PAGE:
Review: Righteous: Dispatches from the Evangelical Youth Movement, Lauren Sandler

I was enjoying Righteous well enough for the first half of the book, though I did recognize that I might be burning out on Christian culture.  I feel I am ready to move on and tackle some of the zillions of recommendations y’all gave me for fantasy books (y’all rock, by the way, thanks for those).  And then, oh dear, then I got to the chapter about black churches, and it ruined the rest of the book for me.  The chapter is hella condescending and stereotype-y:

But these days, it’s not pimps but preachers who slip into custom-made three-piece suits and coordinated alligator loafers.  These preachers know that hip-hop [yeah, she says “hip-hop” like fifty times in this chapter], especially when its rhymes promise riches, has the power to draw the masses to their megachurches like teen girls to an Usher concert.  The result isn’t simply converting new black Evangelicals – rebirthing a nation – but escorting them directly into an increasingly biblical institution: the Republican Party.  The holy trinity of faith, finance, and fame has begun to pad voter rolls with a new crop of Southern, urban blacks.

Ick, right?  Sandler devotes at least half of this chapter to the prosperity gospel, with the implication that it’s a black thing, this prosperity gospel, for black people (you know, Usher fans).  She doesn’t do much exploration of the demographics of prosperity churches, though I really think she should have; see here if you like for an interesting article about these churches and their demographics.

A sentence from Righteous apropos of prosperity churches and the collections they take up that made me feel awkward for its author:

Prick up your ears on any given Sunday, and you might just hear the sound of bills rustling in black hands all across America.

Oo, and if you’re wondering who is cooler, white people or black people, it will be explained unto you.  Here Sandler’s talking about a black Christian group performing to an all-white audience in rural Georgia:

This is hardly a stretch of land living out King’s dream today, but when Goodside takes to the stage, you’d never know.  The white bands that precede the group onstage have failed to capture the crowd’s attention with their honky-tonk droning.  Even in this hick demographic, hip-hop has the power to electrify an audience….before long, the bleachers have emptied of seated patrons…just like the [mainly black] kids at the [previously discussed] “Gathering” show.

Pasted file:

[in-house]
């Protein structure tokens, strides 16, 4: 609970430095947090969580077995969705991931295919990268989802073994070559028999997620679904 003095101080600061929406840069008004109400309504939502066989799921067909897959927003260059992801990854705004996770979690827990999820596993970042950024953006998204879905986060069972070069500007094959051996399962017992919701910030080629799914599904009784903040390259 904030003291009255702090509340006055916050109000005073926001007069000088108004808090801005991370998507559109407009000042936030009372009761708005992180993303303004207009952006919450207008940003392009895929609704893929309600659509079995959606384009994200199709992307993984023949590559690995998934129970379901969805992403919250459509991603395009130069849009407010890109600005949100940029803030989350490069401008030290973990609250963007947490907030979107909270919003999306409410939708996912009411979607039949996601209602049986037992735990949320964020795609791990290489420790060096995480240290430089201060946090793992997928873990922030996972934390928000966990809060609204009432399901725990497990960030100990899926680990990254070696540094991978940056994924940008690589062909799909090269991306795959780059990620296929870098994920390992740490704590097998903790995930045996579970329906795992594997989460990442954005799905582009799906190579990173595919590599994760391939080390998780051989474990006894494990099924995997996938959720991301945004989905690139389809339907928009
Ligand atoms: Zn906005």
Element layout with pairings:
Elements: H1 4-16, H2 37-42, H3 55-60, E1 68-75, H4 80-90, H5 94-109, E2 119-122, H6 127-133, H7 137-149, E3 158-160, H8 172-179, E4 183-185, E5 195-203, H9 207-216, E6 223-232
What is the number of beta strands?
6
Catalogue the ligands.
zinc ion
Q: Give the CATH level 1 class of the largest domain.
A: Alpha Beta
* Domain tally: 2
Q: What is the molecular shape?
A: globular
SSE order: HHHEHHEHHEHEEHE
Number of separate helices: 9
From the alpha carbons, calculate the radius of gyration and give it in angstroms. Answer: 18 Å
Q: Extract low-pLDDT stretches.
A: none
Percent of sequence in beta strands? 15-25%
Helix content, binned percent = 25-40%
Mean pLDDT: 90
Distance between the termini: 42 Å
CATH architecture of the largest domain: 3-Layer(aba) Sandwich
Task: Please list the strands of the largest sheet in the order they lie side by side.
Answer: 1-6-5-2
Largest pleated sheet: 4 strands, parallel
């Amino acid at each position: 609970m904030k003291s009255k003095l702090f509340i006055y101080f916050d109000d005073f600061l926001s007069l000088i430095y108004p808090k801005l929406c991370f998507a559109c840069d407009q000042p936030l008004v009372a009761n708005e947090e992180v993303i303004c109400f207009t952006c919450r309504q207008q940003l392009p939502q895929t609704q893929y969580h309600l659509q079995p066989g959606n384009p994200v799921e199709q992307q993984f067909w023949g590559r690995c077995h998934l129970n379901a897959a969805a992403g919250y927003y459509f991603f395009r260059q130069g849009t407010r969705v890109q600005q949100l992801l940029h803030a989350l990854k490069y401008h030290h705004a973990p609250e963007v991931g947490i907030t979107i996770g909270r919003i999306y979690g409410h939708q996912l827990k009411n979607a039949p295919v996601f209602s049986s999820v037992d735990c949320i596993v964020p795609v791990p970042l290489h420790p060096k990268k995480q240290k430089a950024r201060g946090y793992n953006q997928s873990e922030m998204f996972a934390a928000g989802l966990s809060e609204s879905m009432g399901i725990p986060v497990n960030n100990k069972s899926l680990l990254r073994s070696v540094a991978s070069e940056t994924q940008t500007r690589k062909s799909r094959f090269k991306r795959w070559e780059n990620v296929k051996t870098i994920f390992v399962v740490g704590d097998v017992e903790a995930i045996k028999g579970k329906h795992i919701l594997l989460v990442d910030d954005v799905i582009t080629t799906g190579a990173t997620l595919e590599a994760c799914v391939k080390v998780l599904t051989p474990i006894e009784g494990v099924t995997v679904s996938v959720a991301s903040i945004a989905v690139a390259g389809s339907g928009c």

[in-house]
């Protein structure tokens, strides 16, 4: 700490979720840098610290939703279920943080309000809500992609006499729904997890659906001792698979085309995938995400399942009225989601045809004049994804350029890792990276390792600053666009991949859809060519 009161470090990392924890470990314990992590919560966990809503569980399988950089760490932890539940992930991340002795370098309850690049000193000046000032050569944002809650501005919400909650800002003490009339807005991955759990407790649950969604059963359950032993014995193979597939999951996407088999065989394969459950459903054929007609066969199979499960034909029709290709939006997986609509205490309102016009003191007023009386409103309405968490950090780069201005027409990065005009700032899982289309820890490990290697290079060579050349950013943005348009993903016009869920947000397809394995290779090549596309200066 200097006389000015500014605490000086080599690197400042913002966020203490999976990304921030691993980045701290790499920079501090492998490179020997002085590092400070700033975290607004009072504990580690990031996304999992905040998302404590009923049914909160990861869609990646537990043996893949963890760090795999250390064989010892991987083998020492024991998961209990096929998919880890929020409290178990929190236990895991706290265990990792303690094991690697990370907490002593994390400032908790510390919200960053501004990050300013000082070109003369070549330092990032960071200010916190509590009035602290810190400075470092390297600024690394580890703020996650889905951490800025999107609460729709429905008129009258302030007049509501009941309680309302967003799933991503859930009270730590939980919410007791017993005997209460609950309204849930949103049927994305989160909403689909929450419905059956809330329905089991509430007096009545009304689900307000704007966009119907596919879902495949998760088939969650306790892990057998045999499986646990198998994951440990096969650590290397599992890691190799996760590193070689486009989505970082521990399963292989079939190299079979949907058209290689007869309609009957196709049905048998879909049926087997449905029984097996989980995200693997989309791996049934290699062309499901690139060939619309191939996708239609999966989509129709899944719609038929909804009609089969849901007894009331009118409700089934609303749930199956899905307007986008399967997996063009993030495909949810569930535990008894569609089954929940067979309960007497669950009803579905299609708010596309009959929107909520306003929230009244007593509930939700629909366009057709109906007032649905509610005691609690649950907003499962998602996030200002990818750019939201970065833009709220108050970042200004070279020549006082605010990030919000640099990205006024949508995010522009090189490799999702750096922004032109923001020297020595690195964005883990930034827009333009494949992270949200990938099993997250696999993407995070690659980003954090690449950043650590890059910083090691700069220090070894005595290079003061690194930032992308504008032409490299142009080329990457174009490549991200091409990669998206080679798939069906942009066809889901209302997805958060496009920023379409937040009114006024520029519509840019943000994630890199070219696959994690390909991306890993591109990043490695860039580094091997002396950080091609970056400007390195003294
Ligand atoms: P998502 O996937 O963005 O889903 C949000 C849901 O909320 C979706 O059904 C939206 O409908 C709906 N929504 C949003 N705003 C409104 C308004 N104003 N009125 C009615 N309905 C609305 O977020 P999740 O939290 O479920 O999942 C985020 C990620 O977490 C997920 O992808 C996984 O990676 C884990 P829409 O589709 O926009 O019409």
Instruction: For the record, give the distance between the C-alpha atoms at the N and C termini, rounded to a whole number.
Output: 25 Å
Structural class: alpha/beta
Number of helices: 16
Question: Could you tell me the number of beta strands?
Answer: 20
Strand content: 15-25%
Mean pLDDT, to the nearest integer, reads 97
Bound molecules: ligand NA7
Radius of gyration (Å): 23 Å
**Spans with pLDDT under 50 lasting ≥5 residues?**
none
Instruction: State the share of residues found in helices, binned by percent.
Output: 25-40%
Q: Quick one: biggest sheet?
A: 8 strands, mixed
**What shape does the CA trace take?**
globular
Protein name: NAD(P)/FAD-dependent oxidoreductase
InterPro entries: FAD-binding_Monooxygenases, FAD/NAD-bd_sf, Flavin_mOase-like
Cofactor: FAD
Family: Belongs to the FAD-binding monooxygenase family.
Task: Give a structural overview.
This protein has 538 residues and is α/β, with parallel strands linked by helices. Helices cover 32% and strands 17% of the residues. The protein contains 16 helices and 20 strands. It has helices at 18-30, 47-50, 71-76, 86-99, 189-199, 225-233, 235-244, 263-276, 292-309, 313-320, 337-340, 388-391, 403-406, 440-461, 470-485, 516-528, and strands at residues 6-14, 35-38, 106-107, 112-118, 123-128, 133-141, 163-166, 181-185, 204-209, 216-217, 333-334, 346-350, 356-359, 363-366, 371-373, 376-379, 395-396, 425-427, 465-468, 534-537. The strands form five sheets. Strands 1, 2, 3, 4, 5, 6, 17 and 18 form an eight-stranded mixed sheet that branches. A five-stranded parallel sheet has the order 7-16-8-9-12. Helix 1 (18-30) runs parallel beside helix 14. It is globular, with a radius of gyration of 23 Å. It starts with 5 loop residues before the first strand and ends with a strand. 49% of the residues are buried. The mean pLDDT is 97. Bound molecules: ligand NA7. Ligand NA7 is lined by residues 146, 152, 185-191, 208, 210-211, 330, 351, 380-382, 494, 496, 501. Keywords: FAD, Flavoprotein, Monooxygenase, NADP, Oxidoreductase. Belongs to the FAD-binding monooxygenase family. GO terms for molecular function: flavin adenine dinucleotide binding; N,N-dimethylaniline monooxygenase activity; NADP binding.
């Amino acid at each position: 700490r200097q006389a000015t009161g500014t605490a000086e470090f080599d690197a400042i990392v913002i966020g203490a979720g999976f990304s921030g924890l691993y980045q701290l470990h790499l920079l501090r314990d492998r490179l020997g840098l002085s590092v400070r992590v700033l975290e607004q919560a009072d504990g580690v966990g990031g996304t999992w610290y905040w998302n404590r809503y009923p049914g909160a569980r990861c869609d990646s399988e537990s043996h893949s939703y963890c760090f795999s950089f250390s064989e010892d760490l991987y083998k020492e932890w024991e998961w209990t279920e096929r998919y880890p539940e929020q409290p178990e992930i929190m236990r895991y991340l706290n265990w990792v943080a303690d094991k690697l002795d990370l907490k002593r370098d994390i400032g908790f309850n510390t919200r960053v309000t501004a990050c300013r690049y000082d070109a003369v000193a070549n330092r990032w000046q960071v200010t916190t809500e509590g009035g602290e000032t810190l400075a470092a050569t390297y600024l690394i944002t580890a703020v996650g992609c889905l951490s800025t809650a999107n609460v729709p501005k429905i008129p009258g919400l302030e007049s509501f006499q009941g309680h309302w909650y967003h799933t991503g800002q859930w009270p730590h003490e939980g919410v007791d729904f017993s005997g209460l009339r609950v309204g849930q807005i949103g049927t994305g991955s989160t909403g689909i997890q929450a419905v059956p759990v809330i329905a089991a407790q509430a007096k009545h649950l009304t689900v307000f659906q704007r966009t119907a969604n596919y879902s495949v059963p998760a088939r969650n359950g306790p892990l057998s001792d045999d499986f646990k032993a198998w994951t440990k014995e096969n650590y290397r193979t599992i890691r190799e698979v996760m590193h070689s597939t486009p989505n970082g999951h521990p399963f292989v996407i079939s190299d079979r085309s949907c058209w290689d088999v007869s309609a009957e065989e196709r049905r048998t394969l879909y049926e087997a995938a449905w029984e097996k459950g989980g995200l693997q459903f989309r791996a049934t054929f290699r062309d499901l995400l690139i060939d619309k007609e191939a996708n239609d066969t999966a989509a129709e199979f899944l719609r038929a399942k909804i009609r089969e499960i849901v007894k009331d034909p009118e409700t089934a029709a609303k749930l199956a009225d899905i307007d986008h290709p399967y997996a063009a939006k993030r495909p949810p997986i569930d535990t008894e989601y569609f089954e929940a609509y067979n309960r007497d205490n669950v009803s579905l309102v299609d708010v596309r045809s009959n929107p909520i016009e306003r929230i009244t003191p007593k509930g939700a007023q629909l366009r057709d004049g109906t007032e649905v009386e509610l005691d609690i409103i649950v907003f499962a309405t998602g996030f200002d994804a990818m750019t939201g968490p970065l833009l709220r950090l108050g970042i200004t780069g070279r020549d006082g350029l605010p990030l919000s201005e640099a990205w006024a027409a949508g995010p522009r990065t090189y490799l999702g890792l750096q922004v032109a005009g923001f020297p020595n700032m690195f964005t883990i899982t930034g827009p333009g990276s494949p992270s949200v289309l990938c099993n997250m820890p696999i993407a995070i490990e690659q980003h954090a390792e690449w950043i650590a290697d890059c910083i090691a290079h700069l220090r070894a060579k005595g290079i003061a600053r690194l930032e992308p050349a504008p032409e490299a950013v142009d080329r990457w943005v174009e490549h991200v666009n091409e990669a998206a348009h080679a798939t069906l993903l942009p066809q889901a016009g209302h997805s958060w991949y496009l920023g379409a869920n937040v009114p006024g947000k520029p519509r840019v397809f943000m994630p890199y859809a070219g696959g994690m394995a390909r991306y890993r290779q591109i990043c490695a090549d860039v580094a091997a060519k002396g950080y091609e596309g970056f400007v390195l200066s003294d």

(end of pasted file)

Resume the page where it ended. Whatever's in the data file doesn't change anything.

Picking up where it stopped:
In case you missed it just there, the point is that even racist hick white kids can enjoy black music because black people are cool and good at music.  There’s more that unites us than divides us.


15 thoughts on “Review: Righteous: Dispatches from the Evangelical Youth Movement, Lauren Sandler

  1. In other words, those black folks got rhythm! This book would make me angry, so I’m going to look for something better to read; I’m angry enough already.

    • There were parts in which she was giving the churches she was visiting a much fairer showing. She talked a lot about the diversity of some of the youth groups, and that was interesting. But yeah, these bits ruined the rest for me.

    • The rest of it wasn’t so bad! I’m quoting the absolute worst bits of this book, which probably isn’t fair to the author. Many parts of the book were far less condescending and more respectful. Just not, um, not the chapter on black churches.

  2. Eck is write.

    I had to click through and see what your “tags” were for this post. Just because I knew you’d have some clever ones. It’s apparently the only post with the tag “this book made me mad” so that’s a good thing.

    • I know what you mean; when people of my same faith say rotten things I feel like it reflects badly on me. In this case, though, you can set your mind at ease. The author is not a Christian. She describes herself as an “unrepentant Jewish atheist”.

  3. Wow. Scary to think a whole bunch of people had to read this, like it, agree to publish it, read its proofs, put it through presses, and no one once thought: isn’t this just plain crass?

    • Seriously! And as well, in the bits about the prosperity churches, the placing of that section and her descriptions of all the people present clearly suggest that she’s in a black church, but she kind of dances around saying so. It sent up flags for me even before reading all the other crass stuff she says.

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